Jim McFarlane introduced ROVs to the North Sea industry in the 1970s and went on to pioneer AUV development. Elaine Maslin learned more from the still active industry veteran.
Jim McFarlane Photos from International Submarine Engineering.
Jim McFarlane’s history in the subsea industry is one few can match – his company introduced the first remotely operated vehicle (ROV) in to the North Sea. The industry veteran still arrives earlier than most in the office in the morning and is often flying internationally on business, despite marking his 80th birthday last year.
Complete with navy experience and technical degrees, McFarlane is one of a few who were mad enough, as he would say, to get involved in putting robotics into the sea, pioneering a new industry that we now, for the most part, take for granted – i.e. ROVs and increasingly autonomous underwater vehicles (AUVs). McFarlane played a leading role pioneering the former and has gone on to do the same with the latter.
Born in Canada in 1934, McFarlane grew up during the war years, then spent 18 years in the Canadian Armed Forces, where he rose through the ranks, before being head hunted for Hyco International Hydrodynamics, then setting up International Submarine Engineering in 1974.
During his time in the Canadian Armed Forces he was lucky enough to be put through multiple universities, gaining a bachelor’s in mechanical engineering and then masters’ in naval engineering, naval architecture, and marine engineering at the Massachusetts Institute of Technology (MIT).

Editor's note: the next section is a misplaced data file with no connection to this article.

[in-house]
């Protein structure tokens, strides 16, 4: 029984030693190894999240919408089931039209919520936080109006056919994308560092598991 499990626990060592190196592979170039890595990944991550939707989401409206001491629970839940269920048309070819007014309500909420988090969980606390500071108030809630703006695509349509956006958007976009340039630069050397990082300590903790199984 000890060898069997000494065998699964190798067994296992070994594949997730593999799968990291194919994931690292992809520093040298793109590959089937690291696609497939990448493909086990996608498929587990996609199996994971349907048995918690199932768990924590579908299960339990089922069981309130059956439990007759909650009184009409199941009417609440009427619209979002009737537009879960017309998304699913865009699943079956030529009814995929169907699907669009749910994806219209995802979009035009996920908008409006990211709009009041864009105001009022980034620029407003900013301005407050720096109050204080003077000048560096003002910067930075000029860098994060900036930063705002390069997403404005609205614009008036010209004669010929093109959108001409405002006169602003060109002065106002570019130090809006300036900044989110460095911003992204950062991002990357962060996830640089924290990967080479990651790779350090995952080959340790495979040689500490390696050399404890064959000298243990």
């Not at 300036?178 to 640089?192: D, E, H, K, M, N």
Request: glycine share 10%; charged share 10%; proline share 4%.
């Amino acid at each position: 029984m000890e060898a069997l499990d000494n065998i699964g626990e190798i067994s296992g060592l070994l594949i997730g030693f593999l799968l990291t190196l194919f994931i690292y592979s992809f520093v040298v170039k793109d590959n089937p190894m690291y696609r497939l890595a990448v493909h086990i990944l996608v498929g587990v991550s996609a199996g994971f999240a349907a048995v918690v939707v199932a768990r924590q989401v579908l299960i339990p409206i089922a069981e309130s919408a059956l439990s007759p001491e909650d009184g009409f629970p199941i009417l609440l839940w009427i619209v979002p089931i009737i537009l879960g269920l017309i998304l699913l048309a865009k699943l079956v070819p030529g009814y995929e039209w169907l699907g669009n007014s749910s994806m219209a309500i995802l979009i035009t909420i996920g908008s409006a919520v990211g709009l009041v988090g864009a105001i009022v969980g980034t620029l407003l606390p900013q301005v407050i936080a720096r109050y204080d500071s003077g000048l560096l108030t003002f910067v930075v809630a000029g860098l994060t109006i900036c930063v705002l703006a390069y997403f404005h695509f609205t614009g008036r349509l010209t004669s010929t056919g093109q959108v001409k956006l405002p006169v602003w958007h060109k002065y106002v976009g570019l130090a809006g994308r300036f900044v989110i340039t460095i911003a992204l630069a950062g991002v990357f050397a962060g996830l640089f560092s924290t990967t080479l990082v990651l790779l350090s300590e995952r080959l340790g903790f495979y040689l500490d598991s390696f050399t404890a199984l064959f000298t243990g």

With his skills and expertise, including overseeing the build of submarines for Canada at Chatham Dockyards, he was headhunted to work for Hyco, based out of Vancouver, which had become a hub for underwater exploration in the 1960s. Back then, a trio of divers had decided to build a manned submersible – what became the Pisces vehicle. “That was the seminal point,” McFarlane says. The vehicles became work horses for the industry, and were the start of a new technology hub on the northwest coast, and a new globally used tool. They were bought by the pioneering Sir Leonard Redshaw for Vickers Oceanics, in the UK, who helped usher in the new era of subsea robotics in the North Sea.
ISE’s TROV ROV – one of the first in the industry.
But, while they became established tools, the life of manned submersibles was not to be long-lived. McFarlane, who was involved in the well-known 1974 rescue of two men stranded in Vickers’ Pisces III at 480m water depth offshore Ireland – a rescue heavily involving the Canadian navy – “had a flash, and started to build a tethered vehicle.” He had been involved in the development of the Pisces IV and V, but saw an opportunity for something new.
After setting up ISE in 1974, aged 40, he had built a tethered ROV prototype. By 1975 it was complete and in 1976 it performed its first job monitoring rock dumping on the Piper Alpha line in the North Sea. It was the first ROV in the North Sea – in the world. These new vehicles “kicked the pants off manned submersibles,” McFarlane says.
But, while McFarlane introduced ROVs to the North Sea, it wouldn’t become a strong market, due to pressure to use local content by the new disbanded Offshore Supplies Office in Glasgow, over a 10-year period in the 1980s, McFarlane says. But, that didn’t stop him going elsewhere, including the US Gulf of Mexico, which, having first been cool to the idea, was now keen. He also moved into newer technologies, developing AUVs, including a 40ft-long AUV with a 200mi range used in the 1990s to lay a 108mi-long monitoring cable into the arctic – autonomously, with the vehicle finding its own way back to the hole in the ice from which it was deployed – and other markets.
The business, up to 2013, had built more than 230 ROVs and AUVs and more than 400 manipulators.